I eventually found my way back and followed these instructions to build NHibernate from the latest subversion source. The mystery of the missing assemblyinfo.cs files was quickly solved although I did have to install NAnt and modify the NAnt file to correctly generate the missing file for the NHibernate.ByteCode.Spring project. I think the entry had been removed to decouple NHibernate from Spring but the work may not have been complete at the point that I retrieved the source. The source has a comprehensive test suite which, apart from highlighting issues using NHibernate with my PostgreSQL database, is also a great starting point for information about using NHibernate.


As mentioned above, I'm using Postgres which happens to be installed on my MacBook Pro. I wanted to run the test suite against it from my Vista VM. Connecting to Postgres was actually pretty straight forward. I created a database user nhibernate with a long random password (using uuidgen) and modified the provided Postgres template, renaming it to hibernate.cfg.xml (see below). Apart from setting the appropriate values for the user credentials and server, the connection string in the template incorrectly specified "Initial Catalog" — this needed to be changed to "Database". The Postgres driver is provided by the mono project which also contains good information about the connection string parameters. Two assemblies are required,, and the driver itself Npgsql.dll. Once these things are in place, and assuming you already have the nunit framework installed, the test suite runs quite happily against the Postgres database. A small percentage of tests fail, typically due to some feature difference between the target SQLServer database and Postgres, a good way to highlight those things that might bite later.

<?xml version="1.0" encoding="utf-8"?>
This template was written to work with NHibernate.Test.
Copy the template to your NHibernate.Test project folder and rename it in hibernate.cfg.xml and change it
for your own use before compile tests in VisualStudio.
<hibernate-configuration xmlns="urn:nhibernate-configuration-2.2" >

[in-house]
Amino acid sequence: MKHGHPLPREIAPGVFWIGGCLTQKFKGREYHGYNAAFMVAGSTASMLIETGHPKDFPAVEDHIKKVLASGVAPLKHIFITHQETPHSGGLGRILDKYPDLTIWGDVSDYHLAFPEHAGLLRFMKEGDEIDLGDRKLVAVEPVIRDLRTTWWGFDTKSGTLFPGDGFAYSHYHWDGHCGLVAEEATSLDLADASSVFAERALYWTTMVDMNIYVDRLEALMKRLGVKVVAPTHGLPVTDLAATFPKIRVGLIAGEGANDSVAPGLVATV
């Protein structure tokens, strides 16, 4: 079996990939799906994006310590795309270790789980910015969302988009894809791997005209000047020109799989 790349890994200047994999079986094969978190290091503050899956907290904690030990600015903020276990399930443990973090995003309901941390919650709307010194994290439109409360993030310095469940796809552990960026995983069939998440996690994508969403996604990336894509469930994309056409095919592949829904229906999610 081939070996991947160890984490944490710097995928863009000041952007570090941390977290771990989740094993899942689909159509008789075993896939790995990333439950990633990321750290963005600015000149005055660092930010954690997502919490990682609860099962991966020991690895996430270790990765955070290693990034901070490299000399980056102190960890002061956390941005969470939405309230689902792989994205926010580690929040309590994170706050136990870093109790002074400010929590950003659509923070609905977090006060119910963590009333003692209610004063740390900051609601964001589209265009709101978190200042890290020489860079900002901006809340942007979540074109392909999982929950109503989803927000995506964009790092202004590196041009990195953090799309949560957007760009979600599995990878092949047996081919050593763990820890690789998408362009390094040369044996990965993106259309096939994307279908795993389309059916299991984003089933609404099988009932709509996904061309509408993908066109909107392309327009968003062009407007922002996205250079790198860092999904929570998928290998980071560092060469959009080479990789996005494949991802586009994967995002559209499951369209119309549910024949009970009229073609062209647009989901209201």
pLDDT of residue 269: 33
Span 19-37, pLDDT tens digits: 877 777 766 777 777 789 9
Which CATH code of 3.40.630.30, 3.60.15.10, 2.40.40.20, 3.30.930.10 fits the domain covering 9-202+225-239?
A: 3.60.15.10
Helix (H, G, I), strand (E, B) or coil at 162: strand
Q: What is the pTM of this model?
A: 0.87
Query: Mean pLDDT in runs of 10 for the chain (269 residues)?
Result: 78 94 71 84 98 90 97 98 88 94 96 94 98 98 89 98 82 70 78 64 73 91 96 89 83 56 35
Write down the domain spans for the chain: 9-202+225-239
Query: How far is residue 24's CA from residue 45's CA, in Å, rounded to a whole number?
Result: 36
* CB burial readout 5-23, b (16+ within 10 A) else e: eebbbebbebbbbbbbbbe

<session-factory name="NHibernate.Test">
<property name="connection.driver_class">NHibernate.Driver.NpgsqlDriver</property>
<property name="connection.connection_string">
Server=mbp;Database=nhibernate;User ID=nhibernate;Password=D4F52CC8-5603-4C84-9147-3CC602EF359A;
<property name="dialect">NHibernate.Dialect.PostgreSQLDialect</property>
<property name="proxyfactory.factory_class">NHibernate.ByteCode.LinFu.ProxyFactoryFactory, NHibernate.ByteCode.LinFu</property>


NHibernate.Linq is part of the NH Contrib project and the source is available from subversion. I replaced the NHibernate.dll with the one generated above. The test suite uses the NorthWind database so no joy testing against Postgres. I have SQLExpress installed in my Vista VM and with some jiggery pokery the tests will run successfully. First allow the user Full control on folder C:\SQL Server 2000 Sample Databases (or second in the event that attempting to attach the NorthWind database results in an error 5 exception). After starting SQLExpress if it isn't already running, it's necessary to attach the NorthWind database using the sp_attach_db stored procedure. And might as well create the Test database that is also required by the test suite.

By default accessing SQLExpress is limited to the Shared Memory protocol (some info and much joy can be found at SQL Server 2005 SQLExpress error: ...provider:Named Pipes Provider, error 40 - Could not open connection to SQL Server — fortunately I was already familiar with the issue, others obviously weren't so lucky). The NHibernate.Linq test suite uses Named Pipes for connecting to the database and will choke if the protocol isn't enabled. Enabling Named Pipes is straight forward using SQLServer Configuration Manager and requires the service to be restarted.

The other trap to be aware of is the surface area configuration which needed to be modified to add my user as an administrator and ensure remote connections via named pipes are enabled. This is managed by the SQL Server 2005 Surface Area Configuration tool.

app.config file for the test suite also needs to be modified to connect to SQLExpress:

<?xml version="1.0" encoding="utf-8" ?>
<add name="Test"
connectionString="Data Source=.\SQLExpress;initial catalog=Test;Integrated Security=SSPI"/>
<add name="Northwind"
connectionString="Data Source=.\SQLExpress;Initial Catalog=NorthWind;Integrated Security=SSPI"/>


To actually run the tests, the NHibernate.Linq.Test project needs to be the Startup Project and the project properties modified to use NUnit for testing.

Finally the tests run successfully. 46 of the tests are ignored which indicates there is some work yet to be completed but at least it is obvious where the work is required.